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4 CHAPTER 1 Introduction and Research Approach 1.1 Problem Statement The knowledge gained and the resulting improvements to and Research Objective the 4th edition of the AASHTO LRFD Bridge Design Specifi- cations will assist engineers in the safe design of high-strength This final report documents research findings regarding concrete bridge members (AASHTO 2007). the transfer length and development length of prestressing The 4th edition of the AASHTO LRFD Bridge Design Spec- strand and the development length and splice length of rein- ifications provides a good starting point for higher strength forcement in normal-weight concrete with compressive concrete bridge members (AASHTO 2007). However, the strengths up to 15 ksi. Recommended revisions to the 4th edi- existing provisions were optimized for concrete strengths be- tion of the AASHTO LRFD Bridge Design Specifications were tween 5 and 10 ksi and require modifications if they are to be also developed in the research (AASHTO 2007). extended to higher strength concretes. Because of its brittle Structural engineers have continually tried to optimize nature, high-strength concrete must be properly utilized in building materials by improving their durability and effec- both design and construction. The more brittle nature of tiveness. An example of such efforts is the use of high-strength high-strength concrete means that if cracks form, they may concrete in bridge members. High-strength concrete, defined propagate more extensively than they would in lower for this report as concrete having a compressive strength in ex- strength concretes. This may result in the loss of effectiveness cess of 10 ksi, is more brittle than normal-strength concrete; of the concrete cover and raise safety concerns regarding the consequently, the designer has to be cautious in extending em- bond strength of strand and deformed bars embedded in pirically based rules to this new material. The 2004 AASHTO high-strength concrete. LRFD Bridge Design Specifications (with 2005 and 2006 in- terim revisions) states that concrete with compressive 1.2 Research Approach strengths above 10 ksi should be used only when physical tests are made to establish the relationships between concrete Chapter 2 of this report provides a review of relevant prac- strength and other properties (AASHTO 2004). This require- tice, performance data, research findings, and other relevant ment reflects the lack of data to demonstrate that the provi- information related to the transfer and development length sions were applicable to concrete strengths above 10 ksi at the of prestressing strand and the development and splice length time the specification was written. of mild reinforcement. This chapter presents an information The objective of this study was to develop recommended summary on the factors that affect the behavior of transfer revisions as appropriate to the 4th edition of the AASHTO and development length of prestressing strand and the devel- LRFD Bridge Design Specifications for normal-weight concrete opment and splice length of mild reinforcement. Chapter 2 having compressive strengths up to 15 ksi, relating to the includes a critical review of existing testing protocols for following (AASHTO 2007): determining bond characteristics and presents the testing protocols used in NCHRP Project 12-60. Transfer and development length of prestressing strand Article 5.4.2.1 of the 3rd edition of the AASHTO LRFD with diameters up to 0.62 inches; and Bridge Design Specifications limits the applicability of the spec- Development and splice length in tension and compres- ifications to concrete compressive strengths of 10,000 psi or sion of individual bars, bundled bars, and welded wire less unless physical tests are made to establish the relationships reinforcement and development length of standard hooks. between concrete strength and other properties (AASHTO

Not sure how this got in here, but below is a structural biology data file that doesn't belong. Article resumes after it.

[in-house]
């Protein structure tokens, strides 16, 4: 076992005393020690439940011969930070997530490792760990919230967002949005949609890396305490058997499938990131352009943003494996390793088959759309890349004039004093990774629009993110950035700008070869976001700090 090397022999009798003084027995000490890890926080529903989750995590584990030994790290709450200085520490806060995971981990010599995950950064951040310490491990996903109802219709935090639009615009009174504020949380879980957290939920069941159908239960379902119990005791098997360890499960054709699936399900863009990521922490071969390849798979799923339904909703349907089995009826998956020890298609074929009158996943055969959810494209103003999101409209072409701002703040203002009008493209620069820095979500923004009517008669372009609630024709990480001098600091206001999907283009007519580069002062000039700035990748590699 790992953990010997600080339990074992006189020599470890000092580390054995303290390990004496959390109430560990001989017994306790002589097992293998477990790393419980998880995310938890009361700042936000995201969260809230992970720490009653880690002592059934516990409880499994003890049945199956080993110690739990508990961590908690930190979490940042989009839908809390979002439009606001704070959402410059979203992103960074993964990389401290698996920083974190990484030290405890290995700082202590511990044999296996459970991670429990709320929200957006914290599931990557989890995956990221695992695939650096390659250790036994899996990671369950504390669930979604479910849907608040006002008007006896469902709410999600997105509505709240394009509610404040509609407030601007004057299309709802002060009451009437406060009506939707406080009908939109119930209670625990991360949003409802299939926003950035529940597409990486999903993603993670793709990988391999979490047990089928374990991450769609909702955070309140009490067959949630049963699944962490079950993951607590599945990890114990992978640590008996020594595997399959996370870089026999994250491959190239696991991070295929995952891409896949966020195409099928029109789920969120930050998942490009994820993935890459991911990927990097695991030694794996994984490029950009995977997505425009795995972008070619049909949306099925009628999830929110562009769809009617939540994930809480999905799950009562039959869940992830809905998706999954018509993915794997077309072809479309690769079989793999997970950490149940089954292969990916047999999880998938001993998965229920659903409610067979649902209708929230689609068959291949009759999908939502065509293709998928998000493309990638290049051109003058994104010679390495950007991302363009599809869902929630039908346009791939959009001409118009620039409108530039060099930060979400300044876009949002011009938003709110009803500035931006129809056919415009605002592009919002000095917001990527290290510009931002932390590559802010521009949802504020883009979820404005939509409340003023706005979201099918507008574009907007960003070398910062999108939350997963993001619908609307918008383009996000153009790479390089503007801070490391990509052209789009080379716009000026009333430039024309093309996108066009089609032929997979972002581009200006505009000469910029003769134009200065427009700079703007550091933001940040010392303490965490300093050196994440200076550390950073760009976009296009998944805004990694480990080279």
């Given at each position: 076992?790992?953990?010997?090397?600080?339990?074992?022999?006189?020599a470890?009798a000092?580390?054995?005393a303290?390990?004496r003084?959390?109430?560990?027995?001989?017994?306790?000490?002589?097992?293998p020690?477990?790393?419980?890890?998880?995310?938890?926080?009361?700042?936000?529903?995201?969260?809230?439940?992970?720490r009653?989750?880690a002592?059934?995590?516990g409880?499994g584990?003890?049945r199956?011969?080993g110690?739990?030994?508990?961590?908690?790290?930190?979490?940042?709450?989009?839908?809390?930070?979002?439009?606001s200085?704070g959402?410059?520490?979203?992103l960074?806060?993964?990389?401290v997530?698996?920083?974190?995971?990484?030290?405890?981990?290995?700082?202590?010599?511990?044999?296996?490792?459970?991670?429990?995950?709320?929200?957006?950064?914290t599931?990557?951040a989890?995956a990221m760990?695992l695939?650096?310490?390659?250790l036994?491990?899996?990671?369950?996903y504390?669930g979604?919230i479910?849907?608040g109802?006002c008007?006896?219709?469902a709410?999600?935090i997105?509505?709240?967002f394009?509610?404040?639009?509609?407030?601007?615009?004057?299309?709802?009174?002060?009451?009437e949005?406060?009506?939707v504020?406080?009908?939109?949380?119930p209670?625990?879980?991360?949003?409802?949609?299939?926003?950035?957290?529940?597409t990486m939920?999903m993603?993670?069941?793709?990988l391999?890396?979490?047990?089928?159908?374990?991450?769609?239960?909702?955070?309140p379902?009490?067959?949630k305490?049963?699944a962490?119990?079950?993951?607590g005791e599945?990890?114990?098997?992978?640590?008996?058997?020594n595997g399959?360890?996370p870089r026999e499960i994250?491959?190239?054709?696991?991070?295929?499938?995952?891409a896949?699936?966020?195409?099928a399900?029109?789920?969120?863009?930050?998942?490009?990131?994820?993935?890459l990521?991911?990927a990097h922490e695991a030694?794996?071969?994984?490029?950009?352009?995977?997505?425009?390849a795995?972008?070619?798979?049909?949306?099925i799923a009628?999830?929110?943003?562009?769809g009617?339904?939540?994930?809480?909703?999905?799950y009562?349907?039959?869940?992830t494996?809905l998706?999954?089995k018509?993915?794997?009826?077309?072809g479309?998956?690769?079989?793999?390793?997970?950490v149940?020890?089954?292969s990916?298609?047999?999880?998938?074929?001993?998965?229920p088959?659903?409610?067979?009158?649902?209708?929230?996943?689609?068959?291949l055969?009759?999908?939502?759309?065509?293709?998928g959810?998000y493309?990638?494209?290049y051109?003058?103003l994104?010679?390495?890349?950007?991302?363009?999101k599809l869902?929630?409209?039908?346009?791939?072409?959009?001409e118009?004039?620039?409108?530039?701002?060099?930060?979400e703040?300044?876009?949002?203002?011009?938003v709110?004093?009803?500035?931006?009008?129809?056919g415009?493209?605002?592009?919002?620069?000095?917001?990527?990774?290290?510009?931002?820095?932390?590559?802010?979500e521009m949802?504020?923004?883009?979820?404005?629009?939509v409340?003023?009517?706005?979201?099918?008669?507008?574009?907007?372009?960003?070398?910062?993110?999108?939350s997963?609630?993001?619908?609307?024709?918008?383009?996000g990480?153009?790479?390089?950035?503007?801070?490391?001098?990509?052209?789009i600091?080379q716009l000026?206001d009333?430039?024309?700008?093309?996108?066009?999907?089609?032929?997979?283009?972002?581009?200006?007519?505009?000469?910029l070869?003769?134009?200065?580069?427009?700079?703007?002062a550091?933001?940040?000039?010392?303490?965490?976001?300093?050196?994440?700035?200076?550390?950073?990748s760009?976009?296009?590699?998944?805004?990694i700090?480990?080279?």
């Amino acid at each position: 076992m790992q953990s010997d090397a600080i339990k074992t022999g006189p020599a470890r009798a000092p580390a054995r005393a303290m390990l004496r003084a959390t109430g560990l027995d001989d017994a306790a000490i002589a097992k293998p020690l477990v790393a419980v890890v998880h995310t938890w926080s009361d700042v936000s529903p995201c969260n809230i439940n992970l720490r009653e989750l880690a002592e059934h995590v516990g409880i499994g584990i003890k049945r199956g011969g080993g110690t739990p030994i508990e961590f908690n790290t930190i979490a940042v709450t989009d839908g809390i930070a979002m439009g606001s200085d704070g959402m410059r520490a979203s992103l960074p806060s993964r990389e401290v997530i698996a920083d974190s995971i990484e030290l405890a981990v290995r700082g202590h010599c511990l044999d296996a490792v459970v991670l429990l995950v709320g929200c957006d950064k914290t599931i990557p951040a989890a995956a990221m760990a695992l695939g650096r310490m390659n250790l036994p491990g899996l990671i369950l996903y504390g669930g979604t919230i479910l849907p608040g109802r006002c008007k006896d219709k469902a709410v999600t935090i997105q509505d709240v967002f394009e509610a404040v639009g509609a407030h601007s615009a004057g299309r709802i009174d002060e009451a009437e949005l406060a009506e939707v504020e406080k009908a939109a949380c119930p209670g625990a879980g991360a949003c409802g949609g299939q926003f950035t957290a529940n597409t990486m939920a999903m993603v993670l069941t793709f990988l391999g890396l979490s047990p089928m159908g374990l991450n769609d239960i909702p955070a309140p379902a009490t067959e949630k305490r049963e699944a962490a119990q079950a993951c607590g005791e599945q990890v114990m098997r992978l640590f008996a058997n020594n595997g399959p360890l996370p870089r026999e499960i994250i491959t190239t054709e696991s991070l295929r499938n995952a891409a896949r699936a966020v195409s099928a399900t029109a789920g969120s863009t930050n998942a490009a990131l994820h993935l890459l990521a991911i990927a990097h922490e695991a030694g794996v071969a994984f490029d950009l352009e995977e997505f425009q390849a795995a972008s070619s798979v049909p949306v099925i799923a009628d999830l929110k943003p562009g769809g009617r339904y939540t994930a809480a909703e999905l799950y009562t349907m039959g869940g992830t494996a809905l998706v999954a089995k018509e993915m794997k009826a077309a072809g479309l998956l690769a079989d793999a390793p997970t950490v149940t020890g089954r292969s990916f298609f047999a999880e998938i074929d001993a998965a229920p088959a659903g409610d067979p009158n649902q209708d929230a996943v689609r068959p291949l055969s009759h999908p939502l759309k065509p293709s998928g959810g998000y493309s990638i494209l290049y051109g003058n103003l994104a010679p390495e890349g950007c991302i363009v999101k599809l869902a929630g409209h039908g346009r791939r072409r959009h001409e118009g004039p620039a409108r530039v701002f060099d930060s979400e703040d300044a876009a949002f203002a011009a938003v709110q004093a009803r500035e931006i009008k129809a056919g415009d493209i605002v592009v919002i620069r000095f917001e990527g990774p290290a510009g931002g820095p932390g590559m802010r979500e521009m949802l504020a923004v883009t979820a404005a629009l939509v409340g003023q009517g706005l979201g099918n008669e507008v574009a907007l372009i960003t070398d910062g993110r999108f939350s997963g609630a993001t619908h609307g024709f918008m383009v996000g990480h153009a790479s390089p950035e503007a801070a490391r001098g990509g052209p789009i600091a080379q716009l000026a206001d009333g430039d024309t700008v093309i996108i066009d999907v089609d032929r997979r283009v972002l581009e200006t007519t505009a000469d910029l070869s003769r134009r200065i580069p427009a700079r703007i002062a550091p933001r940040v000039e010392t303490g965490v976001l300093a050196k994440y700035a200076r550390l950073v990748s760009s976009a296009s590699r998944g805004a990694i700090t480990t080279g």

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5 2004). A comprehensive, article-by-article review of Section 5 by both of these reports as having the potential for preventing of the 2nd edition of the AASHTO LRFD Bridge Design Speci- the extension of development and splice length specifications fications (with Update 2000) was performed under NCHRP to high-strength concrete were reviewed and considered dur- Project 12-56 to identify all the provisions that directly or ing the work conducted under NCHRP Project 12-60. indirectly have the potential to prevent the extension of the The results of the expanded plan of research are included in specifications in their current form to high-strength concrete Chapter 3. The findings of the extensive literature review and (AASHTO 1998; Hawkins and Kuchma 2002). In addition, a the experimental program conducted under NCHRP Project comprehensive, article-by-article review of Section 5 of the 12-60 were used to recommend revisions as appropriate to 2nd edition of the AASHTO LRFD Bridge Design Specifications the AASHTO LRFD Bridge Design Specifications for transfer, with the 1999, 2000, and 2001 interim revisions (AASHTO development, and splice lengths for strand/reinforcement in 1998) was performed as part of the FHWA study, Compilation normal-weight concrete having compressive strengths up to and Evaluation of Results from High Performance Concrete 15 ksi. Chapter 4 contains design recommendations supported Bridge Projects (Russell et al. 2006). The provisions identified by the research conducted under NCHRP Project 12-60.